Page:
Ms. SINEMA. Madam Speaker, my State, Arizona, has made tremendous sacrifices in the struggle to stand strong through our Nation's fiscal crisis. Today, Arizona is last in education funding, last in retail growth, and first in home foreclosures.
I'm proud to say, however, that Arizonans are resilient. We are tough. Our State was forged out of rugged frontierism--we're independent and we have deep respect for the traditions that make us Arizona. We've never shrunk from a tough fight and we've never been afraid to roll up our sleeves and work hard. Right now, we're working hard to climb out of the recession that we all face together. It hasn't been easy, but we're doing it.
Arizona is sixth in the Nation for defense sector jobs. Most of these are private sector jobs. Employers have come to Arizona because of our people and our work ethic. We innovate and compete alongside booming defense States like California, Texas, and Virginia. Employers are hiring thousands of skilled workers from our communities. Our State is a vital resource to our Nation's military readiness. We were able to get there through hard work, innovative thought, and intense collaboration between community and industry partners.
In the greater Phoenix area, our economy is currently growing steadily at the rate of 3 percent, but the deep cuts, known as the sequester, would cut our growth in half. In fact, Arizona's potential job losses caused by sequestration rank 13th among all U.S. States. These losses will be felt by families working in Arizona's defense sector and military base operations. These are skilled, middle class jobs.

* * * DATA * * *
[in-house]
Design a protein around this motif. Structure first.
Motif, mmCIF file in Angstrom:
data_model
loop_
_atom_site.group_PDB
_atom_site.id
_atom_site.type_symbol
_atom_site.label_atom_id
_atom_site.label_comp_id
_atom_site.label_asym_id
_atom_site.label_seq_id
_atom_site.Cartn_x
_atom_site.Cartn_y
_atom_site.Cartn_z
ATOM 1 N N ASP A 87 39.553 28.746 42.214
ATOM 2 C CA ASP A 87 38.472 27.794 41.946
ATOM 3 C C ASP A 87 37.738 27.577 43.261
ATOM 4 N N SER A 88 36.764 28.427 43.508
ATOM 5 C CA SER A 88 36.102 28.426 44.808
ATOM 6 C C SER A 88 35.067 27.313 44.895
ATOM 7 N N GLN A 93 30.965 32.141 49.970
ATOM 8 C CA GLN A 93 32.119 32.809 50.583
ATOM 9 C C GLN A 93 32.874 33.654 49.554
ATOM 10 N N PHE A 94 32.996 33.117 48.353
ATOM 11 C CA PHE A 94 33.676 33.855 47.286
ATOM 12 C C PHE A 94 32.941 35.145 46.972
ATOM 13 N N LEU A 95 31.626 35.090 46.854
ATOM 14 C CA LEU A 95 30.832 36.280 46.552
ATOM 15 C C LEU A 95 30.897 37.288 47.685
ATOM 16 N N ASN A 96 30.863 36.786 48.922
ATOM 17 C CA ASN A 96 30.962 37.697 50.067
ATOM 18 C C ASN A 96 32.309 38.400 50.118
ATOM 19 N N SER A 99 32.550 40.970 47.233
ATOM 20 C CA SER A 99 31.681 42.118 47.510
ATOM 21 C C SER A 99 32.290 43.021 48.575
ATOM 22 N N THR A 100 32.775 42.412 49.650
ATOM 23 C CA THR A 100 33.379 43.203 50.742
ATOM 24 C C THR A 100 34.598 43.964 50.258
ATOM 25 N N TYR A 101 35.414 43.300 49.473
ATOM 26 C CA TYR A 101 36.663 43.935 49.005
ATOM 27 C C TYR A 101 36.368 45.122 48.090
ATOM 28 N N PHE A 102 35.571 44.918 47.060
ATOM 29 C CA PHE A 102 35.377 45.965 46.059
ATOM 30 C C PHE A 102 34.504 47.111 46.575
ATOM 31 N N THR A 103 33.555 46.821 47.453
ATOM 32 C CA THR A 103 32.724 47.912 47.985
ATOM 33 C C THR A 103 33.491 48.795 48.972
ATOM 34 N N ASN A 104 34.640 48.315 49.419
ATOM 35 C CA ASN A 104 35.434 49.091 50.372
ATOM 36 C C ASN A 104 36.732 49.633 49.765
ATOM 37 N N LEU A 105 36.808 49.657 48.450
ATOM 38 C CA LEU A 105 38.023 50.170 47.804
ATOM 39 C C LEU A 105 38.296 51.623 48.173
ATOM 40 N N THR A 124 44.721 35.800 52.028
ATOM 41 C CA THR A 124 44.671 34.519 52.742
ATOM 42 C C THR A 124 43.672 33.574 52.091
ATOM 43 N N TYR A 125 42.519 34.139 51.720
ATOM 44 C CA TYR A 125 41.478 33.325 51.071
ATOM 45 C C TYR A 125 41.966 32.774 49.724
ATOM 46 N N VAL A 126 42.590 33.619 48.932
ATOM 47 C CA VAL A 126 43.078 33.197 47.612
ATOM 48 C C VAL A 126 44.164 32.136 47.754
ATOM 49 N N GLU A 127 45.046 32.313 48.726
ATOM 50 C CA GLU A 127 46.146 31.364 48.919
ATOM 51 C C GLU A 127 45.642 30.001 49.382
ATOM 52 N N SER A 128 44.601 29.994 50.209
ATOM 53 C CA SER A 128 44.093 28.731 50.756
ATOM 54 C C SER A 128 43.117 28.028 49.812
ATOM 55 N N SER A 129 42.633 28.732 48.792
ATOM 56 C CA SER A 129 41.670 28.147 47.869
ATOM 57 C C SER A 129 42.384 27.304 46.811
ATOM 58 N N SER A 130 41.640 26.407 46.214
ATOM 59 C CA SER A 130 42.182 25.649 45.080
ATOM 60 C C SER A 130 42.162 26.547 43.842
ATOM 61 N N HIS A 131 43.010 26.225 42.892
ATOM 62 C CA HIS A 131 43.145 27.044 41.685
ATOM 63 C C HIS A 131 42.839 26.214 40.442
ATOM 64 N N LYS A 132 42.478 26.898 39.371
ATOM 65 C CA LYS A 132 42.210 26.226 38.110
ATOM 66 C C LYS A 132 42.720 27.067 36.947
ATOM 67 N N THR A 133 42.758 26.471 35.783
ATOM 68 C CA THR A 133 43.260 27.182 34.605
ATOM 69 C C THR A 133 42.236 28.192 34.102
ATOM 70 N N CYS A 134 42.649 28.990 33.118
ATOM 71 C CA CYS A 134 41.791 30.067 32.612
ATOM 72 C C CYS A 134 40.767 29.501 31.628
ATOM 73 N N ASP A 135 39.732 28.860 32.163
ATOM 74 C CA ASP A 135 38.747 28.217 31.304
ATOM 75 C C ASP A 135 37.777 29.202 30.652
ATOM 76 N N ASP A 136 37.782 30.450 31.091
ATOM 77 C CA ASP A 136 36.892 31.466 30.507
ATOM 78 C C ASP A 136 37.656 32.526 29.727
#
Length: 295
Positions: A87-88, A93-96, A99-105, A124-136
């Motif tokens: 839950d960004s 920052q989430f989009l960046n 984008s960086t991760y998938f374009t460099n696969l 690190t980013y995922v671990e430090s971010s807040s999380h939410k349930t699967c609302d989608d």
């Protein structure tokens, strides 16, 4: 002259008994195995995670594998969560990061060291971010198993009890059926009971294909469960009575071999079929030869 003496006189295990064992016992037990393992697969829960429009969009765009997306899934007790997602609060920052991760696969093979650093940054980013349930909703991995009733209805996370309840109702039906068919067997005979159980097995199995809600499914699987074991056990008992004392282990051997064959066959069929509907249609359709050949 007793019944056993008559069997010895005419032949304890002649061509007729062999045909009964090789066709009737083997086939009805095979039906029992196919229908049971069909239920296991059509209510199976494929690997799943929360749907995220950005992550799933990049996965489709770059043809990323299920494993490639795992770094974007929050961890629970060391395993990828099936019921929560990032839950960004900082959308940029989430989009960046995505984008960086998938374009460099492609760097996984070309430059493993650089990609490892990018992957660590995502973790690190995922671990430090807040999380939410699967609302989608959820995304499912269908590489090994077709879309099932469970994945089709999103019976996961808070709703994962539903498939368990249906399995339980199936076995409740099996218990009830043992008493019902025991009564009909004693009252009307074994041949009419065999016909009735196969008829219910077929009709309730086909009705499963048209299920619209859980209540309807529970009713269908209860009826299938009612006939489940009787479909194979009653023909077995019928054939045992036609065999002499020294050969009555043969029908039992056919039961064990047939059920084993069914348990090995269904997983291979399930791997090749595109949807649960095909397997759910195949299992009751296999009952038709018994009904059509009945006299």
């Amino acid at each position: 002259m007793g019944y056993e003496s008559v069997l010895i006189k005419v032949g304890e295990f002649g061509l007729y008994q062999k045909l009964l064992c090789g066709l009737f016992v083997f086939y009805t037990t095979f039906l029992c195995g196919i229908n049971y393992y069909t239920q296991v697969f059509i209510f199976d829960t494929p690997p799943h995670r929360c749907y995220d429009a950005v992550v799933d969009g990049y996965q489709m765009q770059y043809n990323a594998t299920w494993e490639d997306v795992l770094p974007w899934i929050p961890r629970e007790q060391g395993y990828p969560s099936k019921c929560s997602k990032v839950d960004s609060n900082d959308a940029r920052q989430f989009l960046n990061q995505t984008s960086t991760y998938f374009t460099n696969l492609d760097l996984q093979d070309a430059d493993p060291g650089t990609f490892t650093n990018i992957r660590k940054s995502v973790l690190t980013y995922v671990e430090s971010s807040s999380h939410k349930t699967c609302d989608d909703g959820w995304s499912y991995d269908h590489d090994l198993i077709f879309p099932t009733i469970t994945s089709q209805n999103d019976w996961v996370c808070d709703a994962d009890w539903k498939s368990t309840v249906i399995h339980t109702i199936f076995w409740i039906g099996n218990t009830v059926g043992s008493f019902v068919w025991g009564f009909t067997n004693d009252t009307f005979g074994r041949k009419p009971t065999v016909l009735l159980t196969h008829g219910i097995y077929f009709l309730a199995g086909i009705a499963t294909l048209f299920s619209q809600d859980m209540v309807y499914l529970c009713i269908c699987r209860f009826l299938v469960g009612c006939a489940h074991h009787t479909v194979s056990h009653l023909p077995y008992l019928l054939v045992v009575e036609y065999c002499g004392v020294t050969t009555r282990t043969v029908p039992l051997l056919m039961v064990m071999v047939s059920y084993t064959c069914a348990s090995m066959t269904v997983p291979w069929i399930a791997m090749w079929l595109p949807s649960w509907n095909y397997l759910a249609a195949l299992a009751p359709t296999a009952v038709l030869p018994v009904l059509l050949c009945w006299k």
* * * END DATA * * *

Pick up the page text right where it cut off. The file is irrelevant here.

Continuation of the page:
Of the nearly 50,000 jobs that we expect to lose in Arizona from the sequester, approximately 35,000 are linked to military readiness and base operations. Furloughs will affect 10,000 civilian workers, and Arizonans will experience a devastating $52 million pay cut.
I come home each week and I talk about the work that we're doing in Congress, but most of the time I come home to listen. A few weeks ago, I had the opportunity to listen to plant engineers at General Dynamics in Scottsdale. They showed me the high-tech and innovative defense products that were coming right out of our own community, built and programmed by our friends and neighbors. This type of innovation in our own backyard is the future of our State, and that future is in danger.
Last week, a bipartisan group of city elected officials, business leaders, and community advocates gave me a message to bring back to Congress. I'm proud of their joint effort, and I'm proud of their service to our community. I consider it a privilege to deliver their message.
In our State, we are concerned that Congress will turn the clock back on Arizona's hard work and progress. We are worried about hardworking families losing their jobs.
As the granddaughter of a World War II veteran and a proud sister of a gunner's mate in the U.S. Navy today, I remember every day that it is our moral duty to do right by the men and women in uniform who risk their lives to keep us safe.
Avoiding the sequestration should not be about partisanship or finger-pointing; it's about jobs. It's that simple. I stand with the dean of our State's delegation, Senator John McCain, when I say that this sequester will be devastating for Arizona. It's bad for hardworking Americans, and it turns a blind eye to my State's proud efforts and proven perseverance. I affirm my commitment to working with anybody who's willing to put our differences aside and put the people we serve first.
We still have time to stop this. Let's roll up our sleeves together and get the work done.